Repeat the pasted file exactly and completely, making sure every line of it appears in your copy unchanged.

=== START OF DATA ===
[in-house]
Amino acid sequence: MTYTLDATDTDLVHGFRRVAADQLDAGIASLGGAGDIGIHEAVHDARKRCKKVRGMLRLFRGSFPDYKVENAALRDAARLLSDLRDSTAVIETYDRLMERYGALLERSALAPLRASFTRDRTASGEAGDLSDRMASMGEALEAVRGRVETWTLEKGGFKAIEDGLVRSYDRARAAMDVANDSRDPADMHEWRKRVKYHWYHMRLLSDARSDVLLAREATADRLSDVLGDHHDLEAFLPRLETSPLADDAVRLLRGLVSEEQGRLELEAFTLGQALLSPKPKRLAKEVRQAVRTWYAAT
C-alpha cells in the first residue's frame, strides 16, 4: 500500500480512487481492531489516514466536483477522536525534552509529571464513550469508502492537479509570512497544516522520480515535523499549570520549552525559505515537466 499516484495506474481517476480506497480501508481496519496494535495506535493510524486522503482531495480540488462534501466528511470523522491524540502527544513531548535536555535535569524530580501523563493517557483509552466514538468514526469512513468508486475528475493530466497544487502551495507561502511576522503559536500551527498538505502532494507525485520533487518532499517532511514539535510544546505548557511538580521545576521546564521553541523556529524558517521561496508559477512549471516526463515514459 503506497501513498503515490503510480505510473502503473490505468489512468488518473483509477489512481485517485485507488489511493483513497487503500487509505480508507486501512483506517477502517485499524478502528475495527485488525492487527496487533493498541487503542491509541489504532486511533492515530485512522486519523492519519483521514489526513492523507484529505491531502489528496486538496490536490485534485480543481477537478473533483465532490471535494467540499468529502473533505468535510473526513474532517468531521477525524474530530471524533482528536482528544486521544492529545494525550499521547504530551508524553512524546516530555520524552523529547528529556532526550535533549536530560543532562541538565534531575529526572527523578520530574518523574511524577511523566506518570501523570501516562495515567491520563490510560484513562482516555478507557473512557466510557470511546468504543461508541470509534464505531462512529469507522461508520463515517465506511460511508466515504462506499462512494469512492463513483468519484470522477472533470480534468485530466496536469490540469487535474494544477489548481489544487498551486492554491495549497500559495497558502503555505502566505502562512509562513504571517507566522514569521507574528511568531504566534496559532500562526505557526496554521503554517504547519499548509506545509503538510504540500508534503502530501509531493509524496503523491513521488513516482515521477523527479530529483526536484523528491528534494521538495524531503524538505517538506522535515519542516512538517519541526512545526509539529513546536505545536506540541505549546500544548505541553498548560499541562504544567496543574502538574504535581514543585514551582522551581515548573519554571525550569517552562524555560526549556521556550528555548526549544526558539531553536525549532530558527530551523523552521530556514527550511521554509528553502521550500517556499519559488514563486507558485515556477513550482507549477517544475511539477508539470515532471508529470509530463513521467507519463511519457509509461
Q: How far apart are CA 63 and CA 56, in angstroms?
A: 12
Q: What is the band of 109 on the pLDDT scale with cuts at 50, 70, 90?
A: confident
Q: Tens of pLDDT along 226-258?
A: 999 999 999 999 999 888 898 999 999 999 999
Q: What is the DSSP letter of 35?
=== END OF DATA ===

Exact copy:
[in-house]
Amino acid sequence: MTYTLDATDTDLVHGFRRVAADQLDAGIASLGGAGDIGIHEAVHDARKRCKKVRGMLRLFRGSFPDYKVENAALRDAARLLSDLRDSTAVIETYDRLMERYGALLERSALAPLRASFTRDRTASGEAGDLSDRMASMGEALEAVRGRVETWTLEKGGFKAIEDGLVRSYDRARAAMDVANDSRDPADMHEWRKRVKYHWYHMRLLSDARSDVLLAREATADRLSDVLGDHHDLEAFLPRLETSPLADDAVRLLRGLVSEEQGRLELEAFTLGQALLSPKPKRLAKEVRQAVRTWYAAT
C-alpha cells in the first residue's frame, strides 16, 4: 500500500480512487481492531489516514466536483477522536525534552509529571464513550469508502492537479509570512497544516522520480515535523499549570520549552525559505515537466 499516484495506474481517476480506497480501508481496519496494535495506535493510524486522503482531495480540488462534501466528511470523522491524540502527544513531548535536555535535569524530580501523563493517557483509552466514538468514526469512513468508486475528475493530466497544487502551495507561502511576522503559536500551527498538505502532494507525485520533487518532499517532511514539535510544546505548557511538580521545576521546564521553541523556529524558517521561496508559477512549471516526463515514459 503506497501513498503515490503510480505510473502503473490505468489512468488518473483509477489512481485517485485507488489511493483513497487503500487509505480508507486501512483506517477502517485499524478502528475495527485488525492487527496487533493498541487503542491509541489504532486511533492515530485512522486519523492519519483521514489526513492523507484529505491531502489528496486538496490536490485534485480543481477537478473533483465532490471535494467540499468529502473533505468535510473526513474532517468531521477525524474530530471524533482528536482528544486521544492529545494525550499521547504530551508524553512524546516530555520524552523529547528529556532526550535533549536530560543532562541538565534531575529526572527523578520530574518523574511524577511523566506518570501523570501516562495515567491520563490510560484513562482516555478507557473512557466510557470511546468504543461508541470509534464505531462512529469507522461508520463515517465506511460511508466515504462506499462512494469512492463513483468519484470522477472533470480534468485530466496536469490540469487535474494544477489548481489544487498551486492554491495549497500559495497558502503555505502566505502562512509562513504571517507566522514569521507574528511568531504566534496559532500562526505557526496554521503554517504547519499548509506545509503538510504540500508534503502530501509531493509524496503523491513521488513516482515521477523527479530529483526536484523528491528534494521538495524531503524538505517538506522535515519542516512538517519541526512545526509539529513546536505545536506540541505549546500544548505541553498548560499541562504544567496543574502538574504535581514543585514551582522551581515548573519554571525550569517552562524555560526549556521556550528555548526549544526558539531553536525549532530558527530551523523552521530556514527550511521554509528553502521550500517556499519559488514563486507558485515556477513550482507549477517544475511539477508539470515532471508529470509530463513521467507519463511519457509509461
Q: How far apart are CA 63 and CA 56, in angstroms?
A: 12
Q: What is the band of 109 on the pLDDT scale with cuts at 50, 70, 90?
A: confident
Q: Tens of pLDDT along 226-258?
A: 999 999 999 999 999 888 898 999 999 999 999
Q: What is the DSSP letter of 35?